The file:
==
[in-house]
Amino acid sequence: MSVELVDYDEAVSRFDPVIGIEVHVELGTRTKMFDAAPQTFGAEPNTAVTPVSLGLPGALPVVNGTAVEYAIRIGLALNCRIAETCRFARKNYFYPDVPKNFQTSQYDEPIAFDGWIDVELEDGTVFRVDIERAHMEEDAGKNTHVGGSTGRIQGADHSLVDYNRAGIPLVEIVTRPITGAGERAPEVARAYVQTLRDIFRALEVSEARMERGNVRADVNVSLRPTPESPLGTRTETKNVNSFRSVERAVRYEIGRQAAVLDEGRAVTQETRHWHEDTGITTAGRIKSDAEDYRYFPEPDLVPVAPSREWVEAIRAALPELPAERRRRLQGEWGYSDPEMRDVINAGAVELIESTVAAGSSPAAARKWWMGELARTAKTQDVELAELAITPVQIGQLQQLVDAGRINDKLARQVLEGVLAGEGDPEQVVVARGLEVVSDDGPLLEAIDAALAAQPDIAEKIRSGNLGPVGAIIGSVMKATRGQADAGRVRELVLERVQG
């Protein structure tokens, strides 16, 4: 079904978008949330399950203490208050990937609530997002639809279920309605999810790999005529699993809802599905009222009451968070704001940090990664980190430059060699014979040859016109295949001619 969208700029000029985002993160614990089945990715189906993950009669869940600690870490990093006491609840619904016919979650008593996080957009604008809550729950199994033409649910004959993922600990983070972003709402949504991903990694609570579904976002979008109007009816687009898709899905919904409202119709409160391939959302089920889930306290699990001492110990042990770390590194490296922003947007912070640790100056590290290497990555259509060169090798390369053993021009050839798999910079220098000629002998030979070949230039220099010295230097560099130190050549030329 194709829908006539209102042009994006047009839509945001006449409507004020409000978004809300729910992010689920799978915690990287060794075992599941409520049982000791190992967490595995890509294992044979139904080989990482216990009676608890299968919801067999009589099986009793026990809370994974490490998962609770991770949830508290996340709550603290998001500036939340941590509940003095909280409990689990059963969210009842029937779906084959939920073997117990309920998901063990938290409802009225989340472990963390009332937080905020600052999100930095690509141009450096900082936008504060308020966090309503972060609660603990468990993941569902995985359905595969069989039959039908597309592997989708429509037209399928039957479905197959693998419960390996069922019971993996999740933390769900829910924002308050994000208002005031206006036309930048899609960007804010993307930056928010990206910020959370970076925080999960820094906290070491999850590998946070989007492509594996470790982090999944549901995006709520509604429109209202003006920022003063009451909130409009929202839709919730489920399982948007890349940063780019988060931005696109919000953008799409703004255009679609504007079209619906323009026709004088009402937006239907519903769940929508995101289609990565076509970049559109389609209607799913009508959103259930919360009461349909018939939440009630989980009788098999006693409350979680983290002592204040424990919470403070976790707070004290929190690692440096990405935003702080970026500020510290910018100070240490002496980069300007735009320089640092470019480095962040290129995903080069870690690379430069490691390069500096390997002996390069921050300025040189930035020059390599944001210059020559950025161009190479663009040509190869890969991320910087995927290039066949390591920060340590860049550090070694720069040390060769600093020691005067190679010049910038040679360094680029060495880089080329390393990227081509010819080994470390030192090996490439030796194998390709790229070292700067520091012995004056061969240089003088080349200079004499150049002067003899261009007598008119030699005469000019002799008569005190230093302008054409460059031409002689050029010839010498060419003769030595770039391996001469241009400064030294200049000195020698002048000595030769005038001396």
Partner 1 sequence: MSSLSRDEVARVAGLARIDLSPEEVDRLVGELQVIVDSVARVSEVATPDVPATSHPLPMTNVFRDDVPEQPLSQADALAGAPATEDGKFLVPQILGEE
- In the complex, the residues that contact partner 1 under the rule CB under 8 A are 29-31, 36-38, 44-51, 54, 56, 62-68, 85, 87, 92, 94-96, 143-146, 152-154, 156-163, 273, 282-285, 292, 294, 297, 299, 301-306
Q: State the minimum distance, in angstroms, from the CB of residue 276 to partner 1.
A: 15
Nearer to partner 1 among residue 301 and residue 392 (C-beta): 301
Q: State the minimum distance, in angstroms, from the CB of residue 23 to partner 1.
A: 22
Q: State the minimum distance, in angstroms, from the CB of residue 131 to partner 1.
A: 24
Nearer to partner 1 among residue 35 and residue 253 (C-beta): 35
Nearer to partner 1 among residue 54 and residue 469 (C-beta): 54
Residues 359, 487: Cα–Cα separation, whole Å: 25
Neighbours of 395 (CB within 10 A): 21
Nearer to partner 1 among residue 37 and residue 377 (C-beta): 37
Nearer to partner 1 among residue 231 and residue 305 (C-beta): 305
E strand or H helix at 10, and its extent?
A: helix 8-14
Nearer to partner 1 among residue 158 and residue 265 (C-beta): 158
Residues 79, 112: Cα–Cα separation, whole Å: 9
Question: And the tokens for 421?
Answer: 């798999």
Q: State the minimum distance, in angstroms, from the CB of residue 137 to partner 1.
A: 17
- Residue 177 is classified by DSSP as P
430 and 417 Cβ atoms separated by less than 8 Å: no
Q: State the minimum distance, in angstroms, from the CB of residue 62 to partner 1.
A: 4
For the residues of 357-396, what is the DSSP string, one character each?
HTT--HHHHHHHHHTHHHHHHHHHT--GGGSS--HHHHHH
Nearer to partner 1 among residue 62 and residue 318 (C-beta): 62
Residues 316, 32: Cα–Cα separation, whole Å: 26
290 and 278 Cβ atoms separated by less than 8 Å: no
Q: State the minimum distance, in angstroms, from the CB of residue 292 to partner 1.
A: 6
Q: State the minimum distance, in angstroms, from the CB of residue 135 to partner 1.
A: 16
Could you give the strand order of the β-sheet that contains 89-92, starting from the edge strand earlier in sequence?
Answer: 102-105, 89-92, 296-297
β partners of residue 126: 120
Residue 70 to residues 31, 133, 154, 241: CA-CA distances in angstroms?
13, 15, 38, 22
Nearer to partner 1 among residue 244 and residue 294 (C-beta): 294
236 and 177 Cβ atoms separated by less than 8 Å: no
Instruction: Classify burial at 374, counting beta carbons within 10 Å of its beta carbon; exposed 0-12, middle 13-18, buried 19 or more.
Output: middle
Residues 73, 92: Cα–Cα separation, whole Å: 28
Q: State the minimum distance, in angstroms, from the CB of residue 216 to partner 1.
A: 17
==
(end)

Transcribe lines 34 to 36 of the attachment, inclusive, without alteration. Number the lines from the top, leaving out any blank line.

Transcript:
Residues 316, 32: Cα–Cα separation, whole Å: 26
290 and 278 Cβ atoms separated by less than 8 Å: no
Q: State the minimum distance, in angstroms, from the CB of residue 292 to partner 1.